a performer in a full body suit is ëwired up' to the
avatar in the virtual world. Every move the performer makes is
mirrored by the avatar. This is called motion capture,
and it gives avatars very lifelike moves. Many of the avatar movements
in OZ worlds were made by capturing the motion of a live performance
Sailing through OZ space
Now that we are on board the OZ space station,
let's learn how to move around. OZ has a variety of ways
to move, either by keyboard or mouse.
You can start by holding down your left mouse
button and moving the mouse. OZ worlds have a kind of motion physics
whereby the more you push forward the faster you go, up to a kind
of terminal velocity (maximum speed). You can hold down the right
mouse button to decelerate, or both buttons at once to stop. If
you move the mouse with the right button held down, you will slow
down and eventually move backwards. Holding down Shift while moving
with the mouse will rocket you along at twice the normal terminal
velocity. Dragging your mouse around to the right or left will
steer you around. Holding down Control or Alt will move your avatar
to either side in a sliding motion called translation. The physics
of OZ worlds also gives you friction, so you will eventually stop
moving if you stop using the mouse. The mouse movement options
are listed in the following table.
Mouse navigation controls
|Mouse button and keyboard combinations||Action|
|Drag right/left||Turn right/left (Yaw)|
|Drag forward/backward||Lean forward/backward (Pitch)|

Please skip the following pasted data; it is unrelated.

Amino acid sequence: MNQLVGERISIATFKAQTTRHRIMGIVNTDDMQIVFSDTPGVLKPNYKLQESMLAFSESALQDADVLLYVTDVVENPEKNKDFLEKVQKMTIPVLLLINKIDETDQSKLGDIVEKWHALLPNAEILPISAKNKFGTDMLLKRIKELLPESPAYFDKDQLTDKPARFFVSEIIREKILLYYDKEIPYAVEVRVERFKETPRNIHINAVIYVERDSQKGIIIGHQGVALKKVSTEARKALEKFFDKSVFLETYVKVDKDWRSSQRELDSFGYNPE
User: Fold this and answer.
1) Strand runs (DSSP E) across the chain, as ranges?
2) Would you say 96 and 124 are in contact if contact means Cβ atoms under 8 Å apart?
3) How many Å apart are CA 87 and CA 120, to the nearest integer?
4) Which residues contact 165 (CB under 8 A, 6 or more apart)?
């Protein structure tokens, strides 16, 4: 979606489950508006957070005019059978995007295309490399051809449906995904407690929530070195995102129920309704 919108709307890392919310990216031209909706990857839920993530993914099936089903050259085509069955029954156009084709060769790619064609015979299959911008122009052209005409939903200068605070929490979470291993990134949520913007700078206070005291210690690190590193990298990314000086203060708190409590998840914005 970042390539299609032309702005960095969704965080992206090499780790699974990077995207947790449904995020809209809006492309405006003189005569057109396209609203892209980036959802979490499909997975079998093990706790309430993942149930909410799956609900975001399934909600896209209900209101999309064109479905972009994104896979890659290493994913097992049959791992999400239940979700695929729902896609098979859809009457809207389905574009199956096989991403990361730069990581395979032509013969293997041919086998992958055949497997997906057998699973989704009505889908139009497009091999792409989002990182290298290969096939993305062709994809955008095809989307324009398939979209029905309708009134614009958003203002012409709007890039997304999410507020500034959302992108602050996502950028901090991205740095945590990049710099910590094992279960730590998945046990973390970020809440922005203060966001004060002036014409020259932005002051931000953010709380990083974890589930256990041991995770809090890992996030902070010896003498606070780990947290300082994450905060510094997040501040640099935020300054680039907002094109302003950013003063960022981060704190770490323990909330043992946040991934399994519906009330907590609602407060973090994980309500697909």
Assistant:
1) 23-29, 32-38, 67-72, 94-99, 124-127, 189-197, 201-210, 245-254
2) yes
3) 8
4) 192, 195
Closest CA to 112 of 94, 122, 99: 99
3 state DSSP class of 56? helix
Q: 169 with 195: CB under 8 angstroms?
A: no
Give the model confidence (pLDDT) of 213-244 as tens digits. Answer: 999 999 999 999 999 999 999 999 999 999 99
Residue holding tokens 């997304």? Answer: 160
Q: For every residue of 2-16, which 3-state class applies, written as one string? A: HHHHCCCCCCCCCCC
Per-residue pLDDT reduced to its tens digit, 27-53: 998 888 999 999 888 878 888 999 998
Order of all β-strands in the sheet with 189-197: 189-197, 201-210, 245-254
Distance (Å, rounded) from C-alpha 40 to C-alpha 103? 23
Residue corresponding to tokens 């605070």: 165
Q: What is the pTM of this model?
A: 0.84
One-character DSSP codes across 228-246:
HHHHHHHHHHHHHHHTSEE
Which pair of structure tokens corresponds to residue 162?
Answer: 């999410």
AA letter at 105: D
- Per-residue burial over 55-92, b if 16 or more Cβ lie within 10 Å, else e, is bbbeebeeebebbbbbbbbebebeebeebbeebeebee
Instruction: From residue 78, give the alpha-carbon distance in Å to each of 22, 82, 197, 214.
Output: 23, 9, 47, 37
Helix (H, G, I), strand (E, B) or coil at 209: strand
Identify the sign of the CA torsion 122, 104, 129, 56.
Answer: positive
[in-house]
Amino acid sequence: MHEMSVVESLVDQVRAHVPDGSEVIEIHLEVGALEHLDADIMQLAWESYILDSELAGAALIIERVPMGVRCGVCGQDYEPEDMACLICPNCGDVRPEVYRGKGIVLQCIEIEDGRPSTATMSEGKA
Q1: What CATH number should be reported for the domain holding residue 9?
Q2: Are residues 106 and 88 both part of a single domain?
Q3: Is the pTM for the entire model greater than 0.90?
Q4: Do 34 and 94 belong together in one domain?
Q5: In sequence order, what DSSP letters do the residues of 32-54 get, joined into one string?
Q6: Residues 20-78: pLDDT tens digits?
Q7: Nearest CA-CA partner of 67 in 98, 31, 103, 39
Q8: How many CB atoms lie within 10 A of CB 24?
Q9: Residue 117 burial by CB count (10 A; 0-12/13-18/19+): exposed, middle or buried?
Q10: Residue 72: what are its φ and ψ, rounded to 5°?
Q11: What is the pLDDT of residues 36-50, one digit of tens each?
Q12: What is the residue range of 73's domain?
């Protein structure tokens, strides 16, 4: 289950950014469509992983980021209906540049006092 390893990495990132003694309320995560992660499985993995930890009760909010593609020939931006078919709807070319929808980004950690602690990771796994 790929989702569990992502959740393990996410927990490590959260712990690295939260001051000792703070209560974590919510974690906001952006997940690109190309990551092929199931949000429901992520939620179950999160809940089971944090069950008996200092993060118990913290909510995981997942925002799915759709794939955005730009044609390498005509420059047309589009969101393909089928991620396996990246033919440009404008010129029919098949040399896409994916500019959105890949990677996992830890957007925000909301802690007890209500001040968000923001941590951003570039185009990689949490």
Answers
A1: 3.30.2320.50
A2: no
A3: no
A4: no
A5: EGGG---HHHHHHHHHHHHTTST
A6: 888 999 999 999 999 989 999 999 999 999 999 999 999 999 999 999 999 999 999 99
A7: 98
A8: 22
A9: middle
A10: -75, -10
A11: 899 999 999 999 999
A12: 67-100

|Ctrl+Drag right/left||Lean sideways (Roll)|
|Alt+Drag right/left||Translation left/right|
|Alt+Drag up/down||Translation up/down|
Keyboard navigation, often more convenient
to use than the mouse, is a mirror of the mouse navigation. The
Up arrow key accelerates you forward while the Down arrow key
slows you down and moves you backward. Holding down the up and
down arrow keys at the same time will stop you in your tracks
while pressing the arrow keys and Shift at the same time will
move you at twice the normal maximum or terminal velocity. If
you hold Alt and Control held down at the same time as the arrow
keys, this will give you various tilting, rolling, or translation
(sliding) motions. The keyboard movement options are listed in
the following table.
Keyboard navigation controls
|Shift+Up or Down arrows||Double terminal velocity|
|Ctrl+Up or Down arrows||Lean forward or backward (Pitch)|
|Ctrl+Right or Left arrows||Lean sideways (Roll)|
|Ctrl+Up or Down arrows||Tilt up or down|
|Ctrl+Right or Left arrows||Roll clockwise or counterclockwise|
|Alt+Right or Left arrows||Translation left or right|
|Alt+Up or Down arrows||Translation up or down|
Flying versus walking
The walking mode automatically takes effect
when you are affected by gravity. You can turn off gravity and
enter a flying mode. In the walking mode you are "stuck"
to the floor and therefore unable to move up or down.
Figure: 13.10 Oz4o.jpg
Use the navigation pop-up menu to turn gravity and collision detection on or off.
Turn off gravity by selecting the area marked